Sub-Saharan Africa
Sub-Saharan Africa
More from Sub-Saharan Africa
Infrastructure and Critical Minerals
Infrastructure and Critical Minerals
More from Infrastructure and Critical Minerals


Mobile money is at the core of Kenya’s economy. The country’s mobile money market exceeds $100 billion and includes more than 77 million individual accounts – more than Kenya’s total population. 

But this dramatic growth poses a compounding problem for large portions of Kenya’s population, particularly its rural, remote, and other underbanked communities, where many people cannot afford digital infrastructure like smartphones to send and receive cash and cannot access the digital economy. The problem creates a conspicuous knock-on effect for a country where all digital connectivity, particularly mobile money, is increasingly necessary to support economic growth, not just for banking but also for accessing loans, insurance, and other financial products, which threatens to leave these communities behind economically. 

Affordability has emerged as a key barrier to smartphone adoption in Kenya.

Solution and Impact

As a leading element of the United States’ growing partnership with Kenya, DFC has committed a $51 million sustainability-linked loan to M-KOPA Kenya Limited, a Nairobi-based financing company that is working to improve access to smartphones, primarily for Kenya’s low-income and underserved populations.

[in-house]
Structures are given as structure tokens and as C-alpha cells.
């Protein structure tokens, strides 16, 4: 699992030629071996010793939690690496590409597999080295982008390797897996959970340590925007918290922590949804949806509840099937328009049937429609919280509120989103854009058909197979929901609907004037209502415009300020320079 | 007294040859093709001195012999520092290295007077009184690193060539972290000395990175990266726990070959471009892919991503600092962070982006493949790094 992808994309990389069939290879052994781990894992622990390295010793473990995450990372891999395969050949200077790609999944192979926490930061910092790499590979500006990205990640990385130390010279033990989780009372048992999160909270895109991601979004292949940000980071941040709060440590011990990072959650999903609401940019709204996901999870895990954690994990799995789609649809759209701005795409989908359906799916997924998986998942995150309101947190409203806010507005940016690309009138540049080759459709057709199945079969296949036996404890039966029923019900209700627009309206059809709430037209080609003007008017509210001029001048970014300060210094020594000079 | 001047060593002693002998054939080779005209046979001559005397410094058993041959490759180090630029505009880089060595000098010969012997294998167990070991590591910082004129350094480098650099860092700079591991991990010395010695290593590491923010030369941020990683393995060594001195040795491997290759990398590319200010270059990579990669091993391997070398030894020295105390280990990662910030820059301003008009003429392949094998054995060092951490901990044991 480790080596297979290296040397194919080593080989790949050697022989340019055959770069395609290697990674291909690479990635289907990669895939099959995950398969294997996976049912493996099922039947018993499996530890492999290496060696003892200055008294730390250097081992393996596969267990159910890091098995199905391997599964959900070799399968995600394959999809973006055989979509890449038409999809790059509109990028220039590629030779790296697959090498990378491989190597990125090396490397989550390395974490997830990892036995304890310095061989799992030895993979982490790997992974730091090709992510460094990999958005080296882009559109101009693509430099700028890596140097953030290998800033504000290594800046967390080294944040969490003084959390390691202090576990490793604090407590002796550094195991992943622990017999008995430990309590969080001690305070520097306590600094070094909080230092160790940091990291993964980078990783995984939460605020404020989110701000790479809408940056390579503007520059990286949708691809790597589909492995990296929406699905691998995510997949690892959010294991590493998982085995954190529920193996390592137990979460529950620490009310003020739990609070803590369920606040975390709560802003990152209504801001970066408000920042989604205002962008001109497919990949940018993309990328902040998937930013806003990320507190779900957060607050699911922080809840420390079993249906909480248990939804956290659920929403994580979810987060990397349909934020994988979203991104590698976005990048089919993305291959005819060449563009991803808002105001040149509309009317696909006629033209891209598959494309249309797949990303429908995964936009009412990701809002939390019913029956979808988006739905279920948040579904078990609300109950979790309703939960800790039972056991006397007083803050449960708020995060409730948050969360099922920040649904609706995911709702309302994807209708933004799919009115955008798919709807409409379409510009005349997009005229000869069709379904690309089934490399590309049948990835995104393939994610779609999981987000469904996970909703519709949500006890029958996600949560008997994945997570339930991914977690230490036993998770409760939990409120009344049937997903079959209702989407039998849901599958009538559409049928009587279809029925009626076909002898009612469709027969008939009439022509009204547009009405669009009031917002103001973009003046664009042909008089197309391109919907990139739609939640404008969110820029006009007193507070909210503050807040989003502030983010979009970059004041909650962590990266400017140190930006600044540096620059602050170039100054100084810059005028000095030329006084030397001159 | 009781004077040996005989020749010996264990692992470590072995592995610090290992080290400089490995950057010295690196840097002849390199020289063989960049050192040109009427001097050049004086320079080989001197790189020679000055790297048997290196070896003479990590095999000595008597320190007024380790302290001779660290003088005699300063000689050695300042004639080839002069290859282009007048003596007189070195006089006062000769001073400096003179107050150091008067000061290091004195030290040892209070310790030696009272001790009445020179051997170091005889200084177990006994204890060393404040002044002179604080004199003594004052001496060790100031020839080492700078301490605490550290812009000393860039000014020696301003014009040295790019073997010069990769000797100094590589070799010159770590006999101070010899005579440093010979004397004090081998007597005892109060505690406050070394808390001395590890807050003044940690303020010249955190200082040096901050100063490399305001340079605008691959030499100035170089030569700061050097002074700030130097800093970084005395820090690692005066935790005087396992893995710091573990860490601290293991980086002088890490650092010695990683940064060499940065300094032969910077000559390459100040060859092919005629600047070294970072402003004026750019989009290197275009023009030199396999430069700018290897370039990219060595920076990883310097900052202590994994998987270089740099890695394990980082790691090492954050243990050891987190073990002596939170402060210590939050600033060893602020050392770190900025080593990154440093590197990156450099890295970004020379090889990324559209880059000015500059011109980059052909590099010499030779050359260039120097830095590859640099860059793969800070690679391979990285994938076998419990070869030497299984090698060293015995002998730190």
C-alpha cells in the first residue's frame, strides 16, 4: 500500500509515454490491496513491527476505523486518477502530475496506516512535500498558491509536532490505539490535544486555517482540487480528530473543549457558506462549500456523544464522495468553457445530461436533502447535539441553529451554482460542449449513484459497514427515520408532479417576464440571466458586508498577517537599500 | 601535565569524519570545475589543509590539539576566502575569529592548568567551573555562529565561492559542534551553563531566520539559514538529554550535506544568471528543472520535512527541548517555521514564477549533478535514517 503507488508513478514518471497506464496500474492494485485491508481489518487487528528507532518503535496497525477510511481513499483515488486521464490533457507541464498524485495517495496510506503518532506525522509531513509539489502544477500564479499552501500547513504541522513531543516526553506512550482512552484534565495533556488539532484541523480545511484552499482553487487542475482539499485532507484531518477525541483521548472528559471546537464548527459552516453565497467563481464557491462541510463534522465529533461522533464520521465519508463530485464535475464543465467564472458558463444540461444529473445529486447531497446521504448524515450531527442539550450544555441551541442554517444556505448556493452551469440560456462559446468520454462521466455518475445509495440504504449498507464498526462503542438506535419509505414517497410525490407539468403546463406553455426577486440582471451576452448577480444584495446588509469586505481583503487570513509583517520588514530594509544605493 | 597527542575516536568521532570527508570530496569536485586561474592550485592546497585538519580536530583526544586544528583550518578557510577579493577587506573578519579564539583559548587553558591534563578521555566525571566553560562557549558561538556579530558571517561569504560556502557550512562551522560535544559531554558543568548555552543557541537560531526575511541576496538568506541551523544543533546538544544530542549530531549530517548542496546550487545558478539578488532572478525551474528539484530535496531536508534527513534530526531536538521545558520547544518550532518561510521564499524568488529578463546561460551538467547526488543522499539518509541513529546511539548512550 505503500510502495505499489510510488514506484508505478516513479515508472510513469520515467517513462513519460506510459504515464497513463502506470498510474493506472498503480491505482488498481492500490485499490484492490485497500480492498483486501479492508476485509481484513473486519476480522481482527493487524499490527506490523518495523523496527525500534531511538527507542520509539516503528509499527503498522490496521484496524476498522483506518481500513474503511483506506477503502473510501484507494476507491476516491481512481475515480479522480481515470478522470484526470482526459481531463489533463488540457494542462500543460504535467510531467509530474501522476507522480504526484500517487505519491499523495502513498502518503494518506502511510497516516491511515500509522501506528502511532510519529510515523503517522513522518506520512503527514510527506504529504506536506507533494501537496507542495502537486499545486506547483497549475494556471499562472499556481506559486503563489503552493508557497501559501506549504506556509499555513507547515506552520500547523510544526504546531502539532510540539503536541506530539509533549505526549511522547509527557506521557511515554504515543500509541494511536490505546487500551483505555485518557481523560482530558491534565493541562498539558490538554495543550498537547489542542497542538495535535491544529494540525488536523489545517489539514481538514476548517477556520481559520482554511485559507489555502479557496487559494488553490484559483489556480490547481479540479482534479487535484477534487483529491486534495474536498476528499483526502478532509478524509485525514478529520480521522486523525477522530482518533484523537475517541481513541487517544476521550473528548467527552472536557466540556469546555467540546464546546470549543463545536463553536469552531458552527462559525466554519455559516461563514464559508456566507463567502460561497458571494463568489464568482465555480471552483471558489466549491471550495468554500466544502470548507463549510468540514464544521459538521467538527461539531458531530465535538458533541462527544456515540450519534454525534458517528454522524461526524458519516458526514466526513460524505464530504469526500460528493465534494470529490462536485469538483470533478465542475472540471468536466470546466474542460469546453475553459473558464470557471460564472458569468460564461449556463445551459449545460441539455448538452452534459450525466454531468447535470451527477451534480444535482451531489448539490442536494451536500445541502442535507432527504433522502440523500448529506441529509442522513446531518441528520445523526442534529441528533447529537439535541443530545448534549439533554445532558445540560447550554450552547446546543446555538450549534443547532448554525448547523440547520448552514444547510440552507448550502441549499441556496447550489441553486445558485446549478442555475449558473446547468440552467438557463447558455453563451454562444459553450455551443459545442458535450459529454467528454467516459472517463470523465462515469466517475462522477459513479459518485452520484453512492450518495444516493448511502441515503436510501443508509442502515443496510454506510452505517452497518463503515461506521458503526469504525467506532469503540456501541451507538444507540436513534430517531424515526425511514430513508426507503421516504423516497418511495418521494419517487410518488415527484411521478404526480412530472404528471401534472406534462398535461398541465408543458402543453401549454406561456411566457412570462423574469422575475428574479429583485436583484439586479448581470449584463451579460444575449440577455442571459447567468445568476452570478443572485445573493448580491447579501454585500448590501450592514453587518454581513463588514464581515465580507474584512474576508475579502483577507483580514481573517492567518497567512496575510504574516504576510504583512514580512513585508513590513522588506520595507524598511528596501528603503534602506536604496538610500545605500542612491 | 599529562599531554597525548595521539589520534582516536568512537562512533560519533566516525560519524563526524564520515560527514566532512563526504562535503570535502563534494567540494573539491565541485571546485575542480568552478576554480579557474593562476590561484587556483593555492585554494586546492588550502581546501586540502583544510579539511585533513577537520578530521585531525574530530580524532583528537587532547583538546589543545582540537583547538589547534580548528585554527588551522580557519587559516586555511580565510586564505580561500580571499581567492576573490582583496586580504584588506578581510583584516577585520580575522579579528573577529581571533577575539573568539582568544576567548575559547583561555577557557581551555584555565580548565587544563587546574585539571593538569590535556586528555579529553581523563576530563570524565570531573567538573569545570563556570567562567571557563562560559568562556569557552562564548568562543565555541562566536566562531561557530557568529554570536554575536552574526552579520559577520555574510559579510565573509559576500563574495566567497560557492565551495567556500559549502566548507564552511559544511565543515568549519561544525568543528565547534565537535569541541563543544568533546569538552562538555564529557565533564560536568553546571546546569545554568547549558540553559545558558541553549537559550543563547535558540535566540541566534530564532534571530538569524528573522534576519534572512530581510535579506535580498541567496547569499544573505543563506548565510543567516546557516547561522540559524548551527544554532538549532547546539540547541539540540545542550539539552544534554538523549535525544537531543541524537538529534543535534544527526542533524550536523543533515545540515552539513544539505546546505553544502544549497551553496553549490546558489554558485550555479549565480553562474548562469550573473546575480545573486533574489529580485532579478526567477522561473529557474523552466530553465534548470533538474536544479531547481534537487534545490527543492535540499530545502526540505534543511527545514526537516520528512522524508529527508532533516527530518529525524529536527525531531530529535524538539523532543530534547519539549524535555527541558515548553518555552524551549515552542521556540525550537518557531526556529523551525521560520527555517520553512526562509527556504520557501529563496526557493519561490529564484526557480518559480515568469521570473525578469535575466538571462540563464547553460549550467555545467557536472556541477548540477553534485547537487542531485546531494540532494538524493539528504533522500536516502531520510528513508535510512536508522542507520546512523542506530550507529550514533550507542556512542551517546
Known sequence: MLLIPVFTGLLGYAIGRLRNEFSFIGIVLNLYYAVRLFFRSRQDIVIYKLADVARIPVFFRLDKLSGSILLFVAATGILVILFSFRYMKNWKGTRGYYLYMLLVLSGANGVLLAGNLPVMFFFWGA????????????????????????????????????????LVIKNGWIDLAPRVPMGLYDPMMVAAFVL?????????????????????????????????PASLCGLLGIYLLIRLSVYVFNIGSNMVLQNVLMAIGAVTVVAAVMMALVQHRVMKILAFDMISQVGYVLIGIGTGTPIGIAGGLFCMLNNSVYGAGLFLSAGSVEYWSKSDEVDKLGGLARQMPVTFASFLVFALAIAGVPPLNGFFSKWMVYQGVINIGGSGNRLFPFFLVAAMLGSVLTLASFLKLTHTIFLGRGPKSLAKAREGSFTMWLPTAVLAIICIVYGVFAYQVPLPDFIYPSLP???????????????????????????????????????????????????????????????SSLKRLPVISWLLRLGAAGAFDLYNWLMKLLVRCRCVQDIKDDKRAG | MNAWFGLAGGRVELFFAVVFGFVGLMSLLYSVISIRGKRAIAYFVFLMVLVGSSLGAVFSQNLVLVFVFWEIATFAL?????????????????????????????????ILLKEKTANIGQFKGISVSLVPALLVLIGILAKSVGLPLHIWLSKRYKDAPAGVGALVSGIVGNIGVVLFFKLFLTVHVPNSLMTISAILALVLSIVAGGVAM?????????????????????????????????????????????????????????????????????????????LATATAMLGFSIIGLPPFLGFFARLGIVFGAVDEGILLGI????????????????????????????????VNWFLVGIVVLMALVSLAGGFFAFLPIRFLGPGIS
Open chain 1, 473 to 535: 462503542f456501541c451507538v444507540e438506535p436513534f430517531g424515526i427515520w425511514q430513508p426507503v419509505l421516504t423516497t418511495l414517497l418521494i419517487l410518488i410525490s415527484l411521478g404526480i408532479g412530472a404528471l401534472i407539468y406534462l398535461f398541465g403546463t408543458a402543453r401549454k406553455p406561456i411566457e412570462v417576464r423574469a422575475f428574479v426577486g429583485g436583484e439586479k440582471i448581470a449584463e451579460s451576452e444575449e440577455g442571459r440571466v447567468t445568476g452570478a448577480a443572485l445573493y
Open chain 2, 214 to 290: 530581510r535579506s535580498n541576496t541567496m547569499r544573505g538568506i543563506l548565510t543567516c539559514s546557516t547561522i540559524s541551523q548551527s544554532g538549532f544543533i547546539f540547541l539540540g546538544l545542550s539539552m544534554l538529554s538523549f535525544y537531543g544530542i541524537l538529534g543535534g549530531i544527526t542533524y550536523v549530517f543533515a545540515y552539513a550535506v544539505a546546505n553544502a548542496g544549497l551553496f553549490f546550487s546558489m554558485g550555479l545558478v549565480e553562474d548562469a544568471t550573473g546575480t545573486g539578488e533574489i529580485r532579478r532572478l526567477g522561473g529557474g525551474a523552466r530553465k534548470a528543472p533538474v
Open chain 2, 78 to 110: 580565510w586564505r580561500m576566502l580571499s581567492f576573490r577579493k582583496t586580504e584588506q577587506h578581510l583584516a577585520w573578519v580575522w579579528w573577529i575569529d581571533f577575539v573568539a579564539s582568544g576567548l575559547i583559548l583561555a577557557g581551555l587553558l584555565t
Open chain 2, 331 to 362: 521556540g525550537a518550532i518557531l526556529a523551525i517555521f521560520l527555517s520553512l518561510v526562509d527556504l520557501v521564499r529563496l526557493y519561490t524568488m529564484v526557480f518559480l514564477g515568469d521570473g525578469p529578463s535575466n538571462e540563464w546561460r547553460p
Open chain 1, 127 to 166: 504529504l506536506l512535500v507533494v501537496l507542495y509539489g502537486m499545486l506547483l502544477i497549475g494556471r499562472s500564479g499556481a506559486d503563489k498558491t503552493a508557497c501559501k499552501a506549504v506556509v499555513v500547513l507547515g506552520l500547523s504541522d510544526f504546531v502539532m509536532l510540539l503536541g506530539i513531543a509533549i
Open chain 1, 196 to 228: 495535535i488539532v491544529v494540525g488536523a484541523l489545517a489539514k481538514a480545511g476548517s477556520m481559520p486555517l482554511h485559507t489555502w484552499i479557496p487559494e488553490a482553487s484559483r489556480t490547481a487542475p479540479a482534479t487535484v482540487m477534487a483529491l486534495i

M-KOPA offers affordable financing through pay-as-you-go payment plans for smartphones, which links consumers to other financial services, healthcare, and education resources. 

The new loan was announced in May 2024 during Kenyan President William Ruto’s State Visit to the United States. [White House Fact Sheet]

DFC’s financing builds on extensive U.S. engagement with Kenya, including with Silicon Savannah, a $1 billion tech hub modeled on Silicon Valley that is home to more than 200 startups. Its highly skilled workforce is already reinforcing cooperation between the American and Kenyan technology sectors. Partnerships with organizations like M-KOPA generate economic growth and innovative approaches to longstanding health, food, security, and service delivery challenges. 

“Digital connectivity is a catalyst for inclusive economic growth, and smartphones are the most effective way to connect millions who would otherwise be excluded from the digital economy,” M-KOPA CEO Jesse Moore says. “We remain dedicated to supporting Kenya’s economic development through our products and services, contributing to financial inclusivity across the country.” 

M-KOPA assesses it has already produced more than 1 million smartphones locally. The company believes that its work, in tandem with support from DFC and the government of Kenya, will allow it to expand its local production facility, creating hundreds of high-skilled jobs. 

DFC’s loan is part of a wider initial $202 million, five-year financing facility for M-KOPA arranged by Standard Bank of South Africa that includes several other lenders. It will help the company continue strengthening Kenyans’ access to finance and connectivity. 

And it demonstrates how the United States and Kenya, together, are drawing in the private sector to drive shared prosperity and innovation. 

Time magazine ranked M-KOPA one of its 100 most influential companies in 2023 for its services to underbanked populations in Africa. More recently, the company was named as part of the Financial Times’  Fastest Growing Companies in Africa 2024 list for the third consecutive year.